"I assumed that lawyer was going to make the $50,000," Murtha said. "Then later, I thought, "Their lawyer's getting $50,000 and he's not worth too much because [he] doesn't even know how to get his client into the country.'" Murtha said he told the FBI agents who came to his house Saturday that he was "glad as hell you have those videotapes."
Jenrette is alleged to have accepted $50,000, passed through an associate, for an immigration bill. One source claimed that Jenrett is heard on a tape to say that he had larceny in his heart and that he would take every dollar he could get his hands on.
Jenrette gave a different version in a prepared statement he issued here yesterday.
He said that "in an effort to assist someone in obtaining financing for a significant project in my district which would have provided 500 jobs, I accompanied this person to a couple of meetings with people I now understand to be FBI undercover agents."
The South Carolina Democrat said his purpose in attending the meetings was to assist in getting the project for his district. "At no time," he declared, "did I engage in any improper or illegal activities."
Jenrette said his attorney has advised him to say nothing further "in view of the fact that the FBI has apparently released a great deal of this information about the undercover operation to the press before apprising me or anyone else."
"FBI chief [William] Webster is quoted as saying he wants a full airing of the matter before the election," Jenrett continued. "I share his desire. Once the full information regarding this project is released to the public, I am confident it will establish that I have done nothing improper."
Jenrette was at his Washington home yesterday, but an aide said he would not come to the phone. An aide said he didn't know why Jenrette did not deal in his statement with the allegation that the congressman had received $50,000 as a down payment to introduce a bill keeping one of the "skeiks" in the United States.
Jenrette's wife told a television reporter, "Maybe they [the FBI] gave him so much to drink that he said 'oh yeah' to everything they asked. But he didn't come home with the $50,000."
Kelly said in a statement last night that he had been in touch with the Justice Department and "am confident I have not been involved in any criminal activity." He declined to comment further.
Sources said Kelly is shown on videotape stuffing cash from the FBI operation into his trousers and jacket pockets.
The sources said they are confident the tapes will withstand court challenges. Williams is shown on one tape talking actively, without urging from the undercover agents, about a titanium mine stock deal, the sources said.
When the FBI agents discuss giving the senator stock -- phony stock -- in the mine, he allegedly says somethging like "don't put my name on it" and the stock certificates are made out instead to a William associate, the sources said.
George Koelzer, Williams' attorney, declined to comment on the charges yesterday.
Thompson, who has denied reports he agreed to trade favors for cash, was described last night by one source as the House member who struggled with an associate over a briefcase containing $50,000.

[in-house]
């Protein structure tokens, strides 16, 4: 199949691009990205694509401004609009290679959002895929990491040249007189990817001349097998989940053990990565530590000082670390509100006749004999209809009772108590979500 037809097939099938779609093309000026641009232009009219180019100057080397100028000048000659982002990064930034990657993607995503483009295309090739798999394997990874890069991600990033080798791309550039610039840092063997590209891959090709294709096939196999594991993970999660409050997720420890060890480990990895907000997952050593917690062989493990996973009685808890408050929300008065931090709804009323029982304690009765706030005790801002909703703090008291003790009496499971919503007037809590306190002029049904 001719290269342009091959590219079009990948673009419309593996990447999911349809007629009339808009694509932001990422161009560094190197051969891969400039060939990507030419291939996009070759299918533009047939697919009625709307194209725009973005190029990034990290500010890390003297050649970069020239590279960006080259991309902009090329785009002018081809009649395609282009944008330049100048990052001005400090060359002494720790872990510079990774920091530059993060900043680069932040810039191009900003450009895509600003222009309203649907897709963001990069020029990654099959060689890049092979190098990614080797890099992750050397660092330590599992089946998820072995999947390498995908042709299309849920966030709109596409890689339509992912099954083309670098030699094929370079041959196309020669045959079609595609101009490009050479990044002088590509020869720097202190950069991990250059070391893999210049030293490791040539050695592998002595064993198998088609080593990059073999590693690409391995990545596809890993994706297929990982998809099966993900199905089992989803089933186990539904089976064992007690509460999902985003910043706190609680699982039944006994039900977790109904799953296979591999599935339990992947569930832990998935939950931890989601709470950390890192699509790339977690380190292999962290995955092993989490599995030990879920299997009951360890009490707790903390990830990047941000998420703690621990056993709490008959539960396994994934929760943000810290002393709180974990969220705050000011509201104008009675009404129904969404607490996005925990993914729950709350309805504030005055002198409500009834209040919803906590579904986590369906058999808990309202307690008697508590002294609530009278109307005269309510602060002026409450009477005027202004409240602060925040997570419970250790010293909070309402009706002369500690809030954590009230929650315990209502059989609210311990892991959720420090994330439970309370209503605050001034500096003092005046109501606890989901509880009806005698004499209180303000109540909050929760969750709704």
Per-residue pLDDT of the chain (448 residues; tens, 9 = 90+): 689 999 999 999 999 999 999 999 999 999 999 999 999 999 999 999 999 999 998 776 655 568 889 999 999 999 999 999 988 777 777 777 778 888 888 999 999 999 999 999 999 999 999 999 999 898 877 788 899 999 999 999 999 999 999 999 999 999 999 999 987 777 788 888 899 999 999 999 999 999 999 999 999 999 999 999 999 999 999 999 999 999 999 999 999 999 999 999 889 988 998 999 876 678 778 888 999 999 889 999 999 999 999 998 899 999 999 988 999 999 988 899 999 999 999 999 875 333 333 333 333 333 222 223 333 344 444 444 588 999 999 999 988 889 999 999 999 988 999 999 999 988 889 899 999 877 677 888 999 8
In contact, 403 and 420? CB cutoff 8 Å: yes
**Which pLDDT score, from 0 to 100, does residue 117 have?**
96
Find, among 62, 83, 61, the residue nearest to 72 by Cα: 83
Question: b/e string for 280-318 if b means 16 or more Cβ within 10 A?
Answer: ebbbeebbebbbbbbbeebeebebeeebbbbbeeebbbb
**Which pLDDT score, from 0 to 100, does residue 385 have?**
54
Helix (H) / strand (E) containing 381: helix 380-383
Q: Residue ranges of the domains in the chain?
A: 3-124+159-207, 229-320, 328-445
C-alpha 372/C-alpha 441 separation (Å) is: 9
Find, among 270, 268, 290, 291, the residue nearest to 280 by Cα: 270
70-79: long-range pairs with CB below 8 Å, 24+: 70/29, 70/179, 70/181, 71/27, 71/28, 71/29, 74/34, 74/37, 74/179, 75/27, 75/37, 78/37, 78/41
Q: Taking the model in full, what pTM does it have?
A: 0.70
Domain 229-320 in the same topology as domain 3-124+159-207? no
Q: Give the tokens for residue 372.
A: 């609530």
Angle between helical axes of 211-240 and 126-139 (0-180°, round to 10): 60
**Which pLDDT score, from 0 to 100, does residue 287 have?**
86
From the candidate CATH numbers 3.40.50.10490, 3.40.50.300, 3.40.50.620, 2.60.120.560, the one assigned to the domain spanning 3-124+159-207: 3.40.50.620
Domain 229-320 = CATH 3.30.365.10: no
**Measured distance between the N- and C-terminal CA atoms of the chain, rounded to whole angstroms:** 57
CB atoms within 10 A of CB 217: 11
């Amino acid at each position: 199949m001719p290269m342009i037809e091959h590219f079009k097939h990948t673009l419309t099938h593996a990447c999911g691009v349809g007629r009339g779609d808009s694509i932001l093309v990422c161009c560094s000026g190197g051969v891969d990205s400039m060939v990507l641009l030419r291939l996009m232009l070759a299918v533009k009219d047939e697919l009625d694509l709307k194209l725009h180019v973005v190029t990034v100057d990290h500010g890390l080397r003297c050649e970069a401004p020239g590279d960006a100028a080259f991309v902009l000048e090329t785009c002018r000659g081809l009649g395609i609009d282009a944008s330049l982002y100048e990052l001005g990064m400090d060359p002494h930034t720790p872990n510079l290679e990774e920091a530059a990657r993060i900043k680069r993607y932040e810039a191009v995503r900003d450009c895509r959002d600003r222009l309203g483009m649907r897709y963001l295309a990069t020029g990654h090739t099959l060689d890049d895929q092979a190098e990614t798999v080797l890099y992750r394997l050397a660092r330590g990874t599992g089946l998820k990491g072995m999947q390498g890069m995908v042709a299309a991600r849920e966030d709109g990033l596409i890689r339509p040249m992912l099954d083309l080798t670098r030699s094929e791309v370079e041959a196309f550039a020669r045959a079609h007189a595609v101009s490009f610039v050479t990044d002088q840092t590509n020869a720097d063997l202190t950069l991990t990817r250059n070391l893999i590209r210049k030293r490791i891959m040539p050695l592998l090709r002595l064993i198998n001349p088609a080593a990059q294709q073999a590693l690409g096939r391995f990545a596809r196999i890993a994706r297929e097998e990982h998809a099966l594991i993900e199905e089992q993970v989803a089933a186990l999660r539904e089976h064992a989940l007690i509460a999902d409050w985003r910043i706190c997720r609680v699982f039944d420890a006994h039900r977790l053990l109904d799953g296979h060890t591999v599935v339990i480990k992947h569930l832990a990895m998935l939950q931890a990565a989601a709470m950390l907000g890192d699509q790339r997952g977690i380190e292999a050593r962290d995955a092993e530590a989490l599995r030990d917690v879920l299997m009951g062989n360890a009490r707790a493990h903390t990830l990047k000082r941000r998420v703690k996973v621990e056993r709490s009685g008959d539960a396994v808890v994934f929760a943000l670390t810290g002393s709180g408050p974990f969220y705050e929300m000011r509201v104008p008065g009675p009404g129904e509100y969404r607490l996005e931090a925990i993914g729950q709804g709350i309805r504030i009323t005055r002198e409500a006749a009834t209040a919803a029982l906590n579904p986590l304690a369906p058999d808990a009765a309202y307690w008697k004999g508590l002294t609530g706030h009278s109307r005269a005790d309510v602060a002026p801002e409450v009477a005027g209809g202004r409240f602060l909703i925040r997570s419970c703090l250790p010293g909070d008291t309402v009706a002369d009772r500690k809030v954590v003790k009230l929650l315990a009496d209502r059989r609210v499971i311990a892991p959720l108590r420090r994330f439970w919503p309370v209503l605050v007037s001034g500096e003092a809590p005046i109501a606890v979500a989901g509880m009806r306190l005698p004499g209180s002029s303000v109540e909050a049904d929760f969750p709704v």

Defense attorneys seem sure to try to use entrapment as a defense in any cases that result in indictments and go to trial. But that defense worked only once in all the trials from a famous "string" case in Washington a few years ago.
In that case, an assistant U.S. attorney, Donald Robinson, was acquitted after his lawyers showed that the undercover agents had called him repeatedly, trying to get him to come down to the undercover operation.
Sources said that in the current congressional "string" case, middlemen and associates of the members -- not the undercover agents -- brought the congressmen to the "string."
The FBI shut down the undercover operation and conducted hurried interviews Saturday when word of the "string" began to leak out to several news organizations.
The FBI Director Webster personally called off the investigation, partly because, as one source put it, "somebody let the cat out of the bag some time ago," but primarily because he felt there was no point in stringing it out any more simply to catch someone else in the web.
"Hell, that was the end of it," this source said. "He called it off to the extent of saying, 'I don't see anything else.' There's always going to be be someone who says, 'Give me another week or give me another month,' but how long do you go There may be some people who think that you wait long enough, you'll get everyone, but to say that everyone has his price is just too pessimistic."
The "string" operation began as a general property crimes investigation with an informer who had helped in the recovery of some valuable paintings that had been missing for years. After being asked what else he knew that might be of interest, the individual offered information that led to Operation ABSCAM, for Arab scam. The FBI, it was understood, decided to make "wealthy Arabs" as the lure because that lent plausibility to the approaches that were made.
The FBI agents assigned to the operation were made to look "as authentic as possible," reportedly to the extent of wearing traditional Middle Eastern garb.
Sources said the FBI had been afraid for months that the inquiry would leak out into the press at any moment. As long ago as last fall, it was said, Women's Wear Daily asked about "one name" involved in the investigation and then a local New Jersey paper called about another, but nothing ever came of their queries. The bureau decided to go ahead and "tie up the loose ends." Newsday and NBC began asking more detailed questions a few days ago.
Pretrial pubicity could be a problem, at least in the immediate future. Sources said it may take quite some time before the cases can actually go to trial.
Even so, "it's really amazing that it was kept out of the press this long," one source said.